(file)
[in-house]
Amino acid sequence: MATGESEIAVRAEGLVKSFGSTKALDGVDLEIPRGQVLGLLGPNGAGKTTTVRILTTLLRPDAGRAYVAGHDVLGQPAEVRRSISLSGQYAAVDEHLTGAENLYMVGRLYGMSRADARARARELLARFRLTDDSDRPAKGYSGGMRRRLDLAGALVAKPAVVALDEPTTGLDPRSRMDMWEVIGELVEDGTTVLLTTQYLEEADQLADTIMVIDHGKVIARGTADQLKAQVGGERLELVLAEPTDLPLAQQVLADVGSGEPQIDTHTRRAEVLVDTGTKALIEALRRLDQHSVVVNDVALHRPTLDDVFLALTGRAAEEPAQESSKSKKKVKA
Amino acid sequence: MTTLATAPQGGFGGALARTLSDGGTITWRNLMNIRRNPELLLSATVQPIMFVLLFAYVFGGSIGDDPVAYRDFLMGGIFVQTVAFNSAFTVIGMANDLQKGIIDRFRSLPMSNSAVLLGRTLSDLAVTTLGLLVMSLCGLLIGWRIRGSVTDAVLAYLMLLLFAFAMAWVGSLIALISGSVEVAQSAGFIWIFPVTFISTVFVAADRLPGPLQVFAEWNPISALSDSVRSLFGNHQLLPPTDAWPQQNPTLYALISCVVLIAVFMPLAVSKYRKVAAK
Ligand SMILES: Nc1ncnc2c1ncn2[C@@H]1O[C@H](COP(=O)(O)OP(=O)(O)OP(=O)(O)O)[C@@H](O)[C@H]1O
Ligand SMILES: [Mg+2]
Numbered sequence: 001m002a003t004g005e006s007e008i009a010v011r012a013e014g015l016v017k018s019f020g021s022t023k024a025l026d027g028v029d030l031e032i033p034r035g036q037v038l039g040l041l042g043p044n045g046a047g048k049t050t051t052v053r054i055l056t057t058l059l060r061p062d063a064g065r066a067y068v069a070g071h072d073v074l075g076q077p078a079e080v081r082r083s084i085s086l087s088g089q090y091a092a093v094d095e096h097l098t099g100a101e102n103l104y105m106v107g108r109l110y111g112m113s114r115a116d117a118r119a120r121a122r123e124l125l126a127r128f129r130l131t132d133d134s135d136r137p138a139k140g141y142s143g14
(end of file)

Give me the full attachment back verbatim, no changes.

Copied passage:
[in-house]
Amino acid sequence: MATGESEIAVRAEGLVKSFGSTKALDGVDLEIPRGQVLGLLGPNGAGKTTTVRILTTLLRPDAGRAYVAGHDVLGQPAEVRRSISLSGQYAAVDEHLTGAENLYMVGRLYGMSRADARARARELLARFRLTDDSDRPAKGYSGGMRRRLDLAGALVAKPAVVALDEPTTGLDPRSRMDMWEVIGELVEDGTTVLLTTQYLEEADQLADTIMVIDHGKVIARGTADQLKAQVGGERLELVLAEPTDLPLAQQVLADVGSGEPQIDTHTRRAEVLVDTGTKALIEALRRLDQHSVVVNDVALHRPTLDDVFLALTGRAAEEPAQESSKSKKKVKA
Amino acid sequence: MTTLATAPQGGFGGALARTLSDGGTITWRNLMNIRRNPELLLSATVQPIMFVLLFAYVFGGSIGDDPVAYRDFLMGGIFVQTVAFNSAFTVIGMANDLQKGIIDRFRSLPMSNSAVLLGRTLSDLAVTTLGLLVMSLCGLLIGWRIRGSVTDAVLAYLMLLLFAFAMAWVGSLIALISGSVEVAQSAGFIWIFPVTFISTVFVAADRLPGPLQVFAEWNPISALSDSVRSLFGNHQLLPPTDAWPQQNPTLYALISCVVLIAVFMPLAVSKYRKVAAK
Ligand SMILES: Nc1ncnc2c1ncn2[C@@H]1O[C@H](COP(=O)(O)OP(=O)(O)OP(=O)(O)O)[C@@H](O)[C@H]1O
Ligand SMILES: [Mg+2]
Numbered sequence: 001m002a003t004g005e006s007e008i009a010v011r012a013e014g015l016v017k018s019f020g021s022t023k024a025l026d027g028v029d030l031e032i033p034r035g036q037v038l039g040l041l042g043p044n045g046a047g048k049t050t051t052v053r054i055l056t057t058l059l060r061p062d063a064g065r066a067y068v069a070g071h072d073v074l075g076q077p078a079e080v081r082r083s084i085s086l087s088g089q090y091a092a093v094d095e096h097l098t099g100a101e102n103l104y105m106v107g108r109l110y111g112m113s114r115a116d117a118r119a120r121a122r123e124l125l126a127r128f129r130l131t132d133d134s135d136r137p138a139k140g141y142s143g14